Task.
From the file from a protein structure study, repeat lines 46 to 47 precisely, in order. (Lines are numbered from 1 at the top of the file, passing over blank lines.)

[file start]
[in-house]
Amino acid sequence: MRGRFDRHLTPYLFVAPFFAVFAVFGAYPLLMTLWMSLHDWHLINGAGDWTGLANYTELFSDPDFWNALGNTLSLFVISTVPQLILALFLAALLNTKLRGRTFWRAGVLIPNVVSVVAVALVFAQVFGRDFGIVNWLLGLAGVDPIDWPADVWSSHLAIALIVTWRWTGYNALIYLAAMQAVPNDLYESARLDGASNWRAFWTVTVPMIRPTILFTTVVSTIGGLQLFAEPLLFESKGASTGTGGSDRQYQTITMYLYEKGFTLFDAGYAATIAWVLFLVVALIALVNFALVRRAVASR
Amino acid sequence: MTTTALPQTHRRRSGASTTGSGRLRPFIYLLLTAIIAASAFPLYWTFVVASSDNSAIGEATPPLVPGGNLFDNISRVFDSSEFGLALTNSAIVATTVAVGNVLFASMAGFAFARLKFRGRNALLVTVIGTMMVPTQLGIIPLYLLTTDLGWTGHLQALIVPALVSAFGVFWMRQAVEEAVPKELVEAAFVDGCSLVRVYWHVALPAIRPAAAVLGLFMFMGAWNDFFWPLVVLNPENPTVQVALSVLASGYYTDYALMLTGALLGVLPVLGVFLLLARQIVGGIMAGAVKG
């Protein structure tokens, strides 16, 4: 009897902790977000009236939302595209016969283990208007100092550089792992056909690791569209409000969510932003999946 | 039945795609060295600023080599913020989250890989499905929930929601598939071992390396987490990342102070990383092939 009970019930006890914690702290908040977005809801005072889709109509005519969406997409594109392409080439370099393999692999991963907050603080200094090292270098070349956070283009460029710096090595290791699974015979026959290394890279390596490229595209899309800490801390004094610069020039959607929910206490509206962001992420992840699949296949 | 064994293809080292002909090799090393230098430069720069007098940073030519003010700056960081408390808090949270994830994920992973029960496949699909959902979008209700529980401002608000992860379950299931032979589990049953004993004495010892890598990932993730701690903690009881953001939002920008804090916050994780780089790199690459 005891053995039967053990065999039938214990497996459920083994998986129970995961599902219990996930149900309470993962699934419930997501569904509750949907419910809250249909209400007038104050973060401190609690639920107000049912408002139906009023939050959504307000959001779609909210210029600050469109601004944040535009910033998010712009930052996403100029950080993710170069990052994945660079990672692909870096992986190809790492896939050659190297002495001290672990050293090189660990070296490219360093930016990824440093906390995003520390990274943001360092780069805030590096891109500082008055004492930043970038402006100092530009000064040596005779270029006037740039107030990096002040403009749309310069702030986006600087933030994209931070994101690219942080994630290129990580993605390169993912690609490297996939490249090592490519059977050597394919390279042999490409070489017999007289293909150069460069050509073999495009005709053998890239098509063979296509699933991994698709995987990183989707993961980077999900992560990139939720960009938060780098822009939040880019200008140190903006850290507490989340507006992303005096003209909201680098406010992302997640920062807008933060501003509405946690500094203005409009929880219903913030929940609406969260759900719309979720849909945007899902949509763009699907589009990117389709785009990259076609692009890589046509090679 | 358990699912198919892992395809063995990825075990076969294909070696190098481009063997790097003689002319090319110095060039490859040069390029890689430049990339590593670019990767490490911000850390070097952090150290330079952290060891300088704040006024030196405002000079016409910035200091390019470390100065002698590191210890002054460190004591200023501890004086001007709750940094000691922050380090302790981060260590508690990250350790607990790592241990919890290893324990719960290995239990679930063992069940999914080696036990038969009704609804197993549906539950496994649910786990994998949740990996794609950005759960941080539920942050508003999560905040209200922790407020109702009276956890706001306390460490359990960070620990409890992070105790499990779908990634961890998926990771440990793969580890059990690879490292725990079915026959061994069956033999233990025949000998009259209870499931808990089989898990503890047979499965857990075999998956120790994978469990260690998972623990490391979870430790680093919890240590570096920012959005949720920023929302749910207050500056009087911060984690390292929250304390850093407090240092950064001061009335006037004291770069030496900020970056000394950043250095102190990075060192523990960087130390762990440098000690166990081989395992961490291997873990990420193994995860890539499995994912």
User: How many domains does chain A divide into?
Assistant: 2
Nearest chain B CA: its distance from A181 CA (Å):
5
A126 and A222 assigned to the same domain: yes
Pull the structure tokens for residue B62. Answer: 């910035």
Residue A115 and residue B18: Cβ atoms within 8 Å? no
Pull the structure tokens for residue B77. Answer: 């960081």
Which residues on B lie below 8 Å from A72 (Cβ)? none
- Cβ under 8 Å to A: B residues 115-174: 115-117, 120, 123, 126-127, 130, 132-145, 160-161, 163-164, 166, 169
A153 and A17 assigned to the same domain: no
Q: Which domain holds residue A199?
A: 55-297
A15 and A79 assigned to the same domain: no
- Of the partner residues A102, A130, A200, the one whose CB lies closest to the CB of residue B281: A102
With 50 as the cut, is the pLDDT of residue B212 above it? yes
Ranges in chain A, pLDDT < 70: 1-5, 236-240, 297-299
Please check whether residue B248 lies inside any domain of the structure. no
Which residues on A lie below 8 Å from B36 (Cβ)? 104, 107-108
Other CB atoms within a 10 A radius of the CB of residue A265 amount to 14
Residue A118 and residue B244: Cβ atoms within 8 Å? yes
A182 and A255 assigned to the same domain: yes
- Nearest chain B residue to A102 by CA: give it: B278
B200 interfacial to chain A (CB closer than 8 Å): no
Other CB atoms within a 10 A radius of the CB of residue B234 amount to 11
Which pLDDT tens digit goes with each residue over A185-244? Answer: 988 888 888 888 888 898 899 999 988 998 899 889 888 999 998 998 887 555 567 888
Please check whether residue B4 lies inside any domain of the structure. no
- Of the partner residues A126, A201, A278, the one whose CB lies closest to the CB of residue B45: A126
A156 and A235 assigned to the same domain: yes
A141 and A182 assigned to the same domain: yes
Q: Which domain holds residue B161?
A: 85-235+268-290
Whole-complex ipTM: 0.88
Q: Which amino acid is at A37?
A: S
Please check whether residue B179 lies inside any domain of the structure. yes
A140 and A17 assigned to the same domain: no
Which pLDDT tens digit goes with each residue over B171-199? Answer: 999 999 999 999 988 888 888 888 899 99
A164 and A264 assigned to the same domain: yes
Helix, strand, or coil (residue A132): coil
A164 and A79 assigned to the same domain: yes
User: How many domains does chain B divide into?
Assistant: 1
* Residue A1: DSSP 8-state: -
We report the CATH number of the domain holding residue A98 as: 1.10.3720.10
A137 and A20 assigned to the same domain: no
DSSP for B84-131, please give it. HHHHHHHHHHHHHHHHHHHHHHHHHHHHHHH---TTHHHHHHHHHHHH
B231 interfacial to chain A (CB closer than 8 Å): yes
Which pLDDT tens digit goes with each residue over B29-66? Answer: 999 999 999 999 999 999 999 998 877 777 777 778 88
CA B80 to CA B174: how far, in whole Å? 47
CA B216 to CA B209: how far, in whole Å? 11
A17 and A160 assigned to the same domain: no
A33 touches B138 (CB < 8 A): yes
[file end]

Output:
User: How many domains does chain B divide into?
Assistant: 1